To paraphrase Dorothy: 'There is no place like London.' I hope I can convince you of that here. Also check out my blog at damselwithadulcimer.wordpress.com and my theatre reviews at www.playstosee.com
Published October 13th 2011
In 1698, following the fire at Whitehall Palace, the Royal Court relocated to St James's Palace, a building that dates back to the time of Henry VIII . Although we associate Buckingham Palace with the residence of the Royal Family, St James's Palace is today the official residence of the Prince of Wales.
St James's Street, and the surrounding streets, were developed to serve and service the aristocracy and upper classes. Although the coffee houses that refreshed the eighteenth-century chattering classes have now gone, some of the shops have survived from those times, and they have been joined by many more. One obvious thing that many of the businesses have in common is that they are geared towards a predominantly male clientele; a privileged and luxury section of society that dresses elegantly (from their boots to the tops of their heads), that smokes fine cigars, drinks vintage wines, is immaculately barbered, and has a fondness for shooting.
St James's Street itself is bounded by Piccadilly at one end, and by the palace that bears its name, at the other end. One of the closest businesses to the royal palace is Berry Brothers and Rudd, the oldest established wine and spirit merchants in Britain. They can be found at No 3 in a building that dates back to 1698. It was established by the Widow Bourne and was initially a grocer's shop, The Coffee Mill; the coffee mill sign still hangs above the shop to this day.
Following the deaths of the original owners, John Berry joined the company in 1803, and his name was painted above the door in 1810. Hugh Rudd joined the company in 1914. If you enter the shop today, you can still see the huge weighing beams that have registered the weights of distinguished visitors over the centuries. These include William Pitt and Lord Byron. Berry Brothers and Rudd continues to be patronised by royalty and is proud to display royal warrants granted by both the Queen and the Prince of Wales.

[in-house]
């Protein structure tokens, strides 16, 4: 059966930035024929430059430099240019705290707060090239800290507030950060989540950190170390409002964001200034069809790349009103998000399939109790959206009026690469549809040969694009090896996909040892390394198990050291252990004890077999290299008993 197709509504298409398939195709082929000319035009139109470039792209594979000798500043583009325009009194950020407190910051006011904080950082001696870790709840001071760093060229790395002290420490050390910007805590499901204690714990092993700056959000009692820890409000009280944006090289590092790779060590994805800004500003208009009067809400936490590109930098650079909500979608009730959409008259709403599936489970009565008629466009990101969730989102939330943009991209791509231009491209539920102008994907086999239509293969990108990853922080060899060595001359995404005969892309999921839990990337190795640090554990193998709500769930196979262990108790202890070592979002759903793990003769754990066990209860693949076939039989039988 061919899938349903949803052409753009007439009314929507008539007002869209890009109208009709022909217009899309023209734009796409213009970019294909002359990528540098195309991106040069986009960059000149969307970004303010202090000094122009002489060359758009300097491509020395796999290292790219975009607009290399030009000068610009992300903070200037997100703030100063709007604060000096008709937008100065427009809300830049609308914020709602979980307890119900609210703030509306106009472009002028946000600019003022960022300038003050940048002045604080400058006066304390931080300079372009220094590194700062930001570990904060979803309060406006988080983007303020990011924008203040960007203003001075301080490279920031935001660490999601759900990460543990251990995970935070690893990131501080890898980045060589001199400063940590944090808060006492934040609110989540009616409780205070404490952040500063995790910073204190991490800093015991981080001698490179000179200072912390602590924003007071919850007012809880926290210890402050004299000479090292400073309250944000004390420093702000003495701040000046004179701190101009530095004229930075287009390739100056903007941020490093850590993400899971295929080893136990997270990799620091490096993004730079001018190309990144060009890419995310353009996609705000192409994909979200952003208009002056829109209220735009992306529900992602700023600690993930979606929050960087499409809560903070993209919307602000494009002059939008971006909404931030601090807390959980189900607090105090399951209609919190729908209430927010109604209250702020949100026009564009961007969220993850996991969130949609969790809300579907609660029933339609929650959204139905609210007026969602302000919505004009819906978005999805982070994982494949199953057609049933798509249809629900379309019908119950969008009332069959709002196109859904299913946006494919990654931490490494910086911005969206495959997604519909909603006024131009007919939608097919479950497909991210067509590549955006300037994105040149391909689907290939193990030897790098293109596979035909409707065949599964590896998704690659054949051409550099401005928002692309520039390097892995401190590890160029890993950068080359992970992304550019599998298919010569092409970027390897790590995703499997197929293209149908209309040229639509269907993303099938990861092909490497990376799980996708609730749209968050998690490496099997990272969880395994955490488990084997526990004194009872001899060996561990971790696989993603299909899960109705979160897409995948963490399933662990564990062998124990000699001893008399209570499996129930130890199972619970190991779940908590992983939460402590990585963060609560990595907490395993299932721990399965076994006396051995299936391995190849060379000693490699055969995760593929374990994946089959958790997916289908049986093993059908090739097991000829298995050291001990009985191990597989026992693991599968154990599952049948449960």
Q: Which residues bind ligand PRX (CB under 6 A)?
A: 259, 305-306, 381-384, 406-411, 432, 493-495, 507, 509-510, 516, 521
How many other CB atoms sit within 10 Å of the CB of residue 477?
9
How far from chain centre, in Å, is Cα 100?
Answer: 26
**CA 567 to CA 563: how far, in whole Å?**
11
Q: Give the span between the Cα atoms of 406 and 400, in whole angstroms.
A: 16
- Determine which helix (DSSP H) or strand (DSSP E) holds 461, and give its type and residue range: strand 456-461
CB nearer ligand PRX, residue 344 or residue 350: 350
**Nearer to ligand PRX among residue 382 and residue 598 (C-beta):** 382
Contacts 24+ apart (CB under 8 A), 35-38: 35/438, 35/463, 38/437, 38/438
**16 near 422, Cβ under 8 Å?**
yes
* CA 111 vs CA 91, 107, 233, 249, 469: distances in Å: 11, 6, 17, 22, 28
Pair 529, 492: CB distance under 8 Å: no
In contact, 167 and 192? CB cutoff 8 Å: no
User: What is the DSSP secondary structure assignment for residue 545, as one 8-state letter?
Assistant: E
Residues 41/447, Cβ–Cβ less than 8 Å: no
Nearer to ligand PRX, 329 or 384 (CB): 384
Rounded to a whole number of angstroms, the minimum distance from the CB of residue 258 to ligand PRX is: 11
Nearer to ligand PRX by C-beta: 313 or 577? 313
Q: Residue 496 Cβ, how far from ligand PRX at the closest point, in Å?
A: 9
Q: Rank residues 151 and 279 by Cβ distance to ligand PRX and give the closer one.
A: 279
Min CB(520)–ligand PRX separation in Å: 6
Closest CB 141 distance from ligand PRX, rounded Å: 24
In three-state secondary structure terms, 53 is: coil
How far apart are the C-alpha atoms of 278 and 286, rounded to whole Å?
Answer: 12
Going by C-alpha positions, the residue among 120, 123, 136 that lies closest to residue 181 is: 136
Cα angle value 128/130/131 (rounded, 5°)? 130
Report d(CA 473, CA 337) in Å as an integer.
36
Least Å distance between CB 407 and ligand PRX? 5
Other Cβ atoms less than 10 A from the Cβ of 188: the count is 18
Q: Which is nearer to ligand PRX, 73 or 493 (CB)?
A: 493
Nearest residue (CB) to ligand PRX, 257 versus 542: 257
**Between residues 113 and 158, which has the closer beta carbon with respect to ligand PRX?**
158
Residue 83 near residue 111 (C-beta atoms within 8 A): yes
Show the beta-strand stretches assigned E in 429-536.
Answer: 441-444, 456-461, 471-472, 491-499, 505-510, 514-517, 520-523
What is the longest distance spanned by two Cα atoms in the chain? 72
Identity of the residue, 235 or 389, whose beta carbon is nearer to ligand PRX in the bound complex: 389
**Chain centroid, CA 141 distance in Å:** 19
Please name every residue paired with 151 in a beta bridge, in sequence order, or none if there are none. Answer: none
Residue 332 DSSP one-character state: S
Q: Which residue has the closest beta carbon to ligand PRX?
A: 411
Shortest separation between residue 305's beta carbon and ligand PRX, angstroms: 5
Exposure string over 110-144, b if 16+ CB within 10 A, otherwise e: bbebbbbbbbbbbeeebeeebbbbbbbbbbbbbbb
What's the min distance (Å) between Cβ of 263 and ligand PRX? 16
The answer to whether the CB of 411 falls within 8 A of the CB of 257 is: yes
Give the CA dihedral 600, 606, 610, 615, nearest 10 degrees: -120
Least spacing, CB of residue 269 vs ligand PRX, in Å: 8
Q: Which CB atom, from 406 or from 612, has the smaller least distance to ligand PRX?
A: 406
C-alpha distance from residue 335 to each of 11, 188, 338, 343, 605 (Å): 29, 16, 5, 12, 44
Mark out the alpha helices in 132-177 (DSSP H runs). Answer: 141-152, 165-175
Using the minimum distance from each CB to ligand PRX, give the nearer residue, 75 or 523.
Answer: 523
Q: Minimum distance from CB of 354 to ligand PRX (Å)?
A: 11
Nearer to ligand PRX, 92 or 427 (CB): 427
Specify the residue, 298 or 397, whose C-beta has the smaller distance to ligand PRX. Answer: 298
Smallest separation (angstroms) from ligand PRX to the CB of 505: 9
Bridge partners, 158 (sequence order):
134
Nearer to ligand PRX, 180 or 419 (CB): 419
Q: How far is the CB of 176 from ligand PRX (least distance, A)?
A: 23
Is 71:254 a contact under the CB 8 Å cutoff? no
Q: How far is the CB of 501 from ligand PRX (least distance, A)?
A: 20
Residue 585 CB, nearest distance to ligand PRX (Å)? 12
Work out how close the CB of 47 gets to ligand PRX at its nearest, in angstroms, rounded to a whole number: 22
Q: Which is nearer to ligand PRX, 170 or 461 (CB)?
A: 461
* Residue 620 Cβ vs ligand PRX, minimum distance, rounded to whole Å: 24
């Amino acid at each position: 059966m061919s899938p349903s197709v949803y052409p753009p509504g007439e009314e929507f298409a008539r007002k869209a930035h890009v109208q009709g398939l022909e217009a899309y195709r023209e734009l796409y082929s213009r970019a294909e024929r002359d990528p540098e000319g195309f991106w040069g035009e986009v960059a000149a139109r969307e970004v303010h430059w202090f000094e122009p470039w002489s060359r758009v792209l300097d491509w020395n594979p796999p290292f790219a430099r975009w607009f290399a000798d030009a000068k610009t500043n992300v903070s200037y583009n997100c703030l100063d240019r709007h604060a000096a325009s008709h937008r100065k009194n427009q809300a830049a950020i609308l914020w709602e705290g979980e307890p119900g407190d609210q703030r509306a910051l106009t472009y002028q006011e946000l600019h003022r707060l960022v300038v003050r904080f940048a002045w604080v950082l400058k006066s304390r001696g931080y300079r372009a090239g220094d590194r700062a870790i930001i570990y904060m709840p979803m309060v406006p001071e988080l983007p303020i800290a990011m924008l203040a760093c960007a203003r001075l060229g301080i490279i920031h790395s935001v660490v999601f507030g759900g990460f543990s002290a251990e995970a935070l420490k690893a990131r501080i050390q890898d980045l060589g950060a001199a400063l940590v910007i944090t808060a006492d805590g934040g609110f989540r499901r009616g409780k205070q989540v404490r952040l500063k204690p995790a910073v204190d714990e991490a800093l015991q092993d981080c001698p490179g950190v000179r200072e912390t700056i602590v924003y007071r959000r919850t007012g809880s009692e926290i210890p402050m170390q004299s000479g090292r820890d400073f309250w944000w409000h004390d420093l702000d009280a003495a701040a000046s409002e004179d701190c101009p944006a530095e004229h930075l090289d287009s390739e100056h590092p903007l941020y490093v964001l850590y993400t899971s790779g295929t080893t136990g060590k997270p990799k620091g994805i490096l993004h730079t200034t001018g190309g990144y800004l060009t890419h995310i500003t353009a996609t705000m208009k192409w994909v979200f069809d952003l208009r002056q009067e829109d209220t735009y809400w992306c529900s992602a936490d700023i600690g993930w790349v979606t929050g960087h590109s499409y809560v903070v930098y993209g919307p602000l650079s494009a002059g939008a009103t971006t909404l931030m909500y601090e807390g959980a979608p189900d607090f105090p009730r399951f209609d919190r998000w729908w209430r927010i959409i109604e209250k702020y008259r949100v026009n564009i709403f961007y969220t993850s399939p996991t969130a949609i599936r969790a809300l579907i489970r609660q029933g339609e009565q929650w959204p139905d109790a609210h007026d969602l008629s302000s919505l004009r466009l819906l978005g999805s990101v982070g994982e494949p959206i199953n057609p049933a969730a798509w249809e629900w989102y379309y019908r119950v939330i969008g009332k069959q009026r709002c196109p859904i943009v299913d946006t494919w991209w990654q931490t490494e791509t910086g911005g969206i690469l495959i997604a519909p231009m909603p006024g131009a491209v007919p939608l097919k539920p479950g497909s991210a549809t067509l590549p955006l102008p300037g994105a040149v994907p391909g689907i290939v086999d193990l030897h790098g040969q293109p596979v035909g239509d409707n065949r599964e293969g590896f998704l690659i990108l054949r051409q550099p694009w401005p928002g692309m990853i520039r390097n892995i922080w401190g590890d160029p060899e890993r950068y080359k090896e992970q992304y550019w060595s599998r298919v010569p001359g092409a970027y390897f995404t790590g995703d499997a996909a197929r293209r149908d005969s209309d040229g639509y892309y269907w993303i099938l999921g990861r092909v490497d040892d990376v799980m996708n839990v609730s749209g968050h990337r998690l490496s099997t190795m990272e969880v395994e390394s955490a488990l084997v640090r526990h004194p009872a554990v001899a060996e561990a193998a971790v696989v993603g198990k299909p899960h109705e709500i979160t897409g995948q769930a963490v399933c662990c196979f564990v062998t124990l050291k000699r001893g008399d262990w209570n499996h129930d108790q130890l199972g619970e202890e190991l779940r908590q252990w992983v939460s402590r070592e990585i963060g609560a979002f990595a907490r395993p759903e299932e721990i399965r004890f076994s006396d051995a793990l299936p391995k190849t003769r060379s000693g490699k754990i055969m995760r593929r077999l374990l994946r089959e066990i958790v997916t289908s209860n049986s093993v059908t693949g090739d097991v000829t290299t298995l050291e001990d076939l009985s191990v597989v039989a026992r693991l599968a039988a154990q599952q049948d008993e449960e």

Continuing up the street, away from the palace, you will find the O'Shea Gallery at no 4. They sell paintings, prints and greetings cards designed by the cartoonist, Annie Tempest. Her works are centred on the characters of the fictional Lord and Lady Tottering (and their family), who reside in the ancestral home, Tottering Hall. Most of her works comprise very gentle pastiches on the gentrified lives lived by the country set, such as field sports and imbibing fine wines. It is almost a commentary on the people for whom the neighbourhood shops are designed.
James Lock and Co Ltd, the hatters, are located at No 6, and have been trading since 1676 when they were first set up to service the Court of St James. Although originally a men's hat shop, they now make headwear for women as well. One of their most recent converts is the Duchess of Cornwall (Kate Middleton) who wore one of their creations to the Trooping of the Colour ceremony in June. Lock's proudly display royal warrants provided by her father-in-law, the Prince of Wales, and his father, the Duke of Edinburgh. Don't be put off by such distinguished patrons; you and I can order our millinery via their website too!
A few doors along at no 9 you will find John Lobb Ltd, founded in 1849. He was granted a royal warrant courtesy of the Prince of Wales, later to become Edward VII. As a leader of society, where the prince went, others followed. If you could afford to have your shoes, and boots, made at the shop, you might also find yourself rubbing shoulders with Caruso, Frank Sinatra, Dean Martin, George Bernard Shaw, Aristotle Onassis, Lord Olivier or Harold Macmillan. Nowadays Lobb's is still patronised by royalty, and bears warrants supplied by the Prince of Wales and the Duke of Edinburgh.